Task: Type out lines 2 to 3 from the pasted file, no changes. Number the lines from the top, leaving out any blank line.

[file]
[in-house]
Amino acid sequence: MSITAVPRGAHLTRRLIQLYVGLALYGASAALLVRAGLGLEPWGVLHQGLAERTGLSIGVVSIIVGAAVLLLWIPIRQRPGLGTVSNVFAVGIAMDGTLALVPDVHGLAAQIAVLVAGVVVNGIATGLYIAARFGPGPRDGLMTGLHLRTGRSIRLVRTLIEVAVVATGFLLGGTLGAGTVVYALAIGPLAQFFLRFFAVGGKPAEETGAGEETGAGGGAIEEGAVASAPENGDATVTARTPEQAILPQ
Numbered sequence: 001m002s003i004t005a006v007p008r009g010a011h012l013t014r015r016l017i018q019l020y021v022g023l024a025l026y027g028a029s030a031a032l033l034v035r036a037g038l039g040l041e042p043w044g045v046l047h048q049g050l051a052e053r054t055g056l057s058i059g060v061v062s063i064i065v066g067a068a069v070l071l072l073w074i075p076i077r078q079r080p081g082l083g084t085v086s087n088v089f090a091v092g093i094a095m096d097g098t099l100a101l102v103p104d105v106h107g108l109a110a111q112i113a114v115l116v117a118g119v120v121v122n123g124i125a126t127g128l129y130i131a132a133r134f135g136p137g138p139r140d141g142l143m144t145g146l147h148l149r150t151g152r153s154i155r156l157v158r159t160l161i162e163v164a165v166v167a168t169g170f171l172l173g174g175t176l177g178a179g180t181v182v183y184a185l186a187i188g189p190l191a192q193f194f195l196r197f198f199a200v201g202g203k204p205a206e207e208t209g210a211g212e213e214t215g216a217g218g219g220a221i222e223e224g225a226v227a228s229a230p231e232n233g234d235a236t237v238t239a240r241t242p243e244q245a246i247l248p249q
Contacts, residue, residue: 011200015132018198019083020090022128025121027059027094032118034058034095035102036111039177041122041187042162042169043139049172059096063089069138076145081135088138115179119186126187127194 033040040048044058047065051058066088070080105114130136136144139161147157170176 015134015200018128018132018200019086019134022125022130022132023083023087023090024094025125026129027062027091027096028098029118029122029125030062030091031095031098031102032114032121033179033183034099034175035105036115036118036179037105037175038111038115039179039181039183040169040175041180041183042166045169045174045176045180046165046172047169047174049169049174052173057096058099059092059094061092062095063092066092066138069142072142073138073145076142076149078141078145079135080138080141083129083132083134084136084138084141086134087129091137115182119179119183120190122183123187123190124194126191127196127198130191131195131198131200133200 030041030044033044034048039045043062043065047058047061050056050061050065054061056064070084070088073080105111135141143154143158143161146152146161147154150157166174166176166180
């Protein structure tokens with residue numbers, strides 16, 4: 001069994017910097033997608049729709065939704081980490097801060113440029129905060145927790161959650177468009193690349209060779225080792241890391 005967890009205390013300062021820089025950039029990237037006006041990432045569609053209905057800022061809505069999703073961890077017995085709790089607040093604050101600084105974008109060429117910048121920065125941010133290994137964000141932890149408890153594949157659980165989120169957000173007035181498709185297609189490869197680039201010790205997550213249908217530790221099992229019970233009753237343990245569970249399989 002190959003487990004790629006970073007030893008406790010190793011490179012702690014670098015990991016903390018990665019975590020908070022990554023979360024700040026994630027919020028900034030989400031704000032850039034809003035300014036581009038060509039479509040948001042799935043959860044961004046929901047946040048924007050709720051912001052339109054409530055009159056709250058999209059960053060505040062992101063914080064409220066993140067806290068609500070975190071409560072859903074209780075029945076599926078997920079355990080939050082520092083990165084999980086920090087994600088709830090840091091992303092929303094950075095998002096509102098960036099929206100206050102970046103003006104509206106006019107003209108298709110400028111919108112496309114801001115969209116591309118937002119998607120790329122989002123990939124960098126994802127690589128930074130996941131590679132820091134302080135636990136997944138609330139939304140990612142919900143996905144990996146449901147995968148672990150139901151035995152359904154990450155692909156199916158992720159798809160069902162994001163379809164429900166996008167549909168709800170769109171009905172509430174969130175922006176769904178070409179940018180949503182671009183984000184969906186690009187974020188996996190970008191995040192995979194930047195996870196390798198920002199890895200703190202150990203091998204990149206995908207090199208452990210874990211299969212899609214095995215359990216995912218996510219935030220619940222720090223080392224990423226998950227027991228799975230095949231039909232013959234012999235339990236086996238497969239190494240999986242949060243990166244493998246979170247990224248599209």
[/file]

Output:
Amino acid sequence: MSITAVPRGAHLTRRLIQLYVGLALYGASAALLVRAGLGLEPWGVLHQGLAERTGLSIGVVSIIVGAAVLLLWIPIRQRPGLGTVSNVFAVGIAMDGTLALVPDVHGLAAQIAVLVAGVVVNGIATGLYIAARFGPGPRDGLMTGLHLRTGRSIRLVRTLIEVAVVATGFLLGGTLGAGTVVYALAIGPLAQFFLRFFAVGGKPAEETGAGEETGAGGGAIEEGAVASAPENGDATVTARTPEQAILPQ
Numbered sequence: 001m002s003i004t005a006v007p008r009g010a011h012l013t014r015r016l017i018q019l020y021v022g023l024a025l026y027g028a029s030a031a032l033l034v035r036a037g038l039g040l041e042p043w044g045v046l047h048q049g050l051a052e053r054t055g056l057s058i059g060v061v062s063i064i065v066g067a068a069v070l071l072l073w074i075p076i077r078q079r080p081g082l083g084t085v086s087n088v089f090a091v092g093i094a095m096d097g098t099l100a101l102v103p104d105v106h107g108l109a110a111q112i113a114v115l116v117a118g119v120v121v122n123g124i125a126t127g128l129y130i131a132a133r134f135g136p137g138p139r140d141g142l143m144t145g146l147h148l149r150t151g152r153s154i155r156l157v158r159t160l161i162e163v164a165v166v167a168t169g170f171l172l173g174g175t176l177g178a179g180t181v182v183y184a185l186a187i188g189p190l191a192q193f194f195l196r197f198f199a200v201g202g203k204p205a206e207e208t209g210a211g212e213e214t215g216a217g218g219g220a221i222e223e224g225a226v227a228s229a230p231e232n233g234d235a236t237v238t239a240r241t242p243e244q245a246i247l248p249q